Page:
96 percent of Most Wired organizations use intrusion detection systems compared to 85 percent of the all respondents. Privacy audit systems (94 percent) and security incident event management (93 percent) are also widely used.
79 percent of Most Wired organizations conduct incident response exercises or tabletop tests annually, a high-level estimate of the current potential for success of a cybersecurity incident response plan, compared to 37 percent of all responding hospitals.
83 percent of Most Wired organizations report that hospital board oversight of risk management and reduction includes cybersecurity risk.
“With the rising number of patient data breaches and cybersecurity attacks threatening the healthcare industry, protecting patient health information is a top priority for hospital customers,” said Frank Nydam, senior director of healthcare at VMware. “Coupled with the incredible technology innovation taking place today, healthcare organizations need to have security as a foundational component of their mobility, cloud and networking strategy and incorporated into the very fabric of the organization.”
Guest post by Ken Perez, vice president of healthcare policy, Omnicell.
“Hope springs eternal” is a phrase from Alexander Pope’s An Essay on Man: Epistle I, written in 1733. For some reason, right now hope is in full bloom in Washington, D.C. for physician groups, such as the American Medical Association and the Medical Group Management Association, which are pushing for passage of a permanent repeal of the sustainable growth rate (SGR), also known as a “doc fix,” prior to the congressional recess that will start in mid-December.
The points that are being made by physician groups are not new. There is the spectre of a 21.2 percent reduction in Medicare physician fees effective April 1, 2015, when the current doc fix expires, and nobody wants such a drastic reimbursement rate cut to occur. Also, because of moderating healthcare costs, the most recent Congressional Budget Office estimate of the cost of holding payment rates through 2024 at current levels is “only” $131 billion, near the low end of the CBO’s historical range. And last, earlier this year, a number of permanent SGR reform bills enjoyed bipartisan and bicameral support.
In spite of all these valid points, the case for fixing the SGR this calendar year, as opposed the first quarter of 2015, does not seem compelling or possible, due to both political and fiscal realities.
Politically, as the name implies, lame-duck congressional sessions are not known for legislative productivity. Chip Kahn, CEO of the Federation of American Hospitals, commented, “I believe that the lame-duck session is going to be limited to measures that are either emergencies like Ebola or must do’s to keep the government open.” Similarly, Tom Scully, former CMS administrator under President George W. Bush, opined in Modern Healthcare that there is “1 in 10 million” chance of a permanent SGR repeal passing during the lame-duck session.
Guest post by James Hofert, Roy Bossen, Linnea Schramm and Michael Dowell, all partners with Hinshaw & Culbertson.
New federal healthcare legislation and implementing regulations, seek to exert control over multiple aspects of patient care. The Health Information Technology for Economic and Clinical Health Act (“HITECH”)[i] with staged implementation through 2016, seeks to not only promote implementation of electronic health record systems (“EHR”), but also regulate electronic communications of health information by and between the patient, physician, hospitals and other healthcare institutions so as to enhance care quality, care coordination and reduce costs.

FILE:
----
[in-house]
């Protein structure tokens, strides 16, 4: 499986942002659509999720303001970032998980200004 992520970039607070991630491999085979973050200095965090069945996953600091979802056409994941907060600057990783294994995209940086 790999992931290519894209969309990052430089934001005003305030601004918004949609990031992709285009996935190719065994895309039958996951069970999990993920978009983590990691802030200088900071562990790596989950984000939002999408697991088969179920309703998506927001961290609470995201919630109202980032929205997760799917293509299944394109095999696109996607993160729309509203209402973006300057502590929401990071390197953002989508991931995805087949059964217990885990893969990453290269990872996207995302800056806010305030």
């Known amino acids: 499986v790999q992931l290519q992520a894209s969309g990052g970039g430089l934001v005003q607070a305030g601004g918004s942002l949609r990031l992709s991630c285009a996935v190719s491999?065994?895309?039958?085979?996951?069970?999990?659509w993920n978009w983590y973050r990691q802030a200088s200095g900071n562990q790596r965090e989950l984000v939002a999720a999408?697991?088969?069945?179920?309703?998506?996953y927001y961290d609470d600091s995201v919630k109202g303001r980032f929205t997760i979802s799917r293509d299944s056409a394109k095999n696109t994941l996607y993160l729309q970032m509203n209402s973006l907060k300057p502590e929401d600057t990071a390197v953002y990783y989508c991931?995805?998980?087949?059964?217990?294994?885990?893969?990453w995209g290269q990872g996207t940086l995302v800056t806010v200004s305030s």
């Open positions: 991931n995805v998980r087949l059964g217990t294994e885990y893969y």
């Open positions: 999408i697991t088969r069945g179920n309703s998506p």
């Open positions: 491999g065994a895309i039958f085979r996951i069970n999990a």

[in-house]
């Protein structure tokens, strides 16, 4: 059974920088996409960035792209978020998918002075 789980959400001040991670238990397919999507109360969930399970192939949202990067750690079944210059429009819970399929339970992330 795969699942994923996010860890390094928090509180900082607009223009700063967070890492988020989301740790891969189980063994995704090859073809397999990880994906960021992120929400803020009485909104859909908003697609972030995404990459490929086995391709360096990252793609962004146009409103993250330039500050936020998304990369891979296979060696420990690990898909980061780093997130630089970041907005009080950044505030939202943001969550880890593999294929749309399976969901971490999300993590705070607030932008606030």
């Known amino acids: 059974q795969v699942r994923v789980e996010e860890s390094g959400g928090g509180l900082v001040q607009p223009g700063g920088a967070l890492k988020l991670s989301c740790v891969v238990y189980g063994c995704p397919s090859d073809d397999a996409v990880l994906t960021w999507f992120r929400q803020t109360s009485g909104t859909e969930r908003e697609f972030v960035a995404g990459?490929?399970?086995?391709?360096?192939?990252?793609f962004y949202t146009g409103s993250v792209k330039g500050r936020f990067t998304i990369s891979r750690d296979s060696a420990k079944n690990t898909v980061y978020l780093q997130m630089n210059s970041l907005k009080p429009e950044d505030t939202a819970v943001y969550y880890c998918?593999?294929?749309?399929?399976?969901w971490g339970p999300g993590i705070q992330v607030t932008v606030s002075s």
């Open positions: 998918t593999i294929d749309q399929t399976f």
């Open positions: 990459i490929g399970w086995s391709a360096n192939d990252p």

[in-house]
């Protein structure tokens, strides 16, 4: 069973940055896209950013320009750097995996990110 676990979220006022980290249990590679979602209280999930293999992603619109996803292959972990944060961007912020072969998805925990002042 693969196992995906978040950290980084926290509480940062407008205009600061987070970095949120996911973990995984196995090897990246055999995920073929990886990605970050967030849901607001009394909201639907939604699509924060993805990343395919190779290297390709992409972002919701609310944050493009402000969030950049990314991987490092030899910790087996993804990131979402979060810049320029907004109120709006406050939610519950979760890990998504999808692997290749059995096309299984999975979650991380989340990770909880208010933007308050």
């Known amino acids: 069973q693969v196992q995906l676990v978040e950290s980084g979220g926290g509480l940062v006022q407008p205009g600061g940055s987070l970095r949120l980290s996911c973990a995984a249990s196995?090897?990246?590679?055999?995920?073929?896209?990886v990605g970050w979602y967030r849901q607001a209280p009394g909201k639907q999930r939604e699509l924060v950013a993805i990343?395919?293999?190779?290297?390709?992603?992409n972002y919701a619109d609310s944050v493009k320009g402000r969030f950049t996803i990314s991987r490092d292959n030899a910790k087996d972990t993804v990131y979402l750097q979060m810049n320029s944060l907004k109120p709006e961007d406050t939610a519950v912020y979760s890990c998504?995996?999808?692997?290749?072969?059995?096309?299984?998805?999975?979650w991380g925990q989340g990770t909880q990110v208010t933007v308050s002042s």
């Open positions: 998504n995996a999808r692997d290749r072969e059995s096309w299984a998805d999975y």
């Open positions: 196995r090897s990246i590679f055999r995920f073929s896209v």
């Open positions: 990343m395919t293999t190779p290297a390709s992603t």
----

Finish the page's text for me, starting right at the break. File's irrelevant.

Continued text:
HITECH further envisions implementation of clinical decision support algorithms for the diagnosis and treatment of disease both during admission and after discharge. The Hospital Readmission Reduction Program[ii], effective October 1, 2012, consistent with the objectives of HITECH seeks to financially penalize hospitals for higher than standardized readmission rates for heart failure, acute MI and pneumonia. The Center of Medicine and Medicaid Service (“CMS”) intends to expand application of the program to readmission for COPD, elective total hip arthroplasty and elective total knee arthroplasty in 2015[iii]. Consistent with preventative care goals so as to mitigate further health care problems as found in HITECH, CMS has refused to adjust the re-admission penalty program to account for readmissions unrelated to the patient’s initial hospitalization even though the readmission could be considered to be outside the hospital’s or physician’s control[iv].
Physicians can’t seem to live with and can’t live without electronic health records. Or so says a new RAND survey.
The recent survey, conducted by the think tank the American Medical Association, found that most doctors strive to provide the best care possible to patients, but that the biggest obstacles for doing so is electronic health records, according to a report published by Health Tech Zone.
But, even with this hindrance, and though they consider the technology intrusive, 80 percent of respondents said they would never go back to paper patient records. The take away from the study is that physicians just want the EHRs to be “less cumbersome and time-consuming to use.”
“Physicians are pleased and happy professionally when they perceive that they’re giving high-quality patient care, and they’re unhappy when they can’t meet patients’ needs and when there are barriers to quality patient care,” said the study’s author, Dr. Mark Friedberg, a scientist with RAND and a practicing general internist in Boston.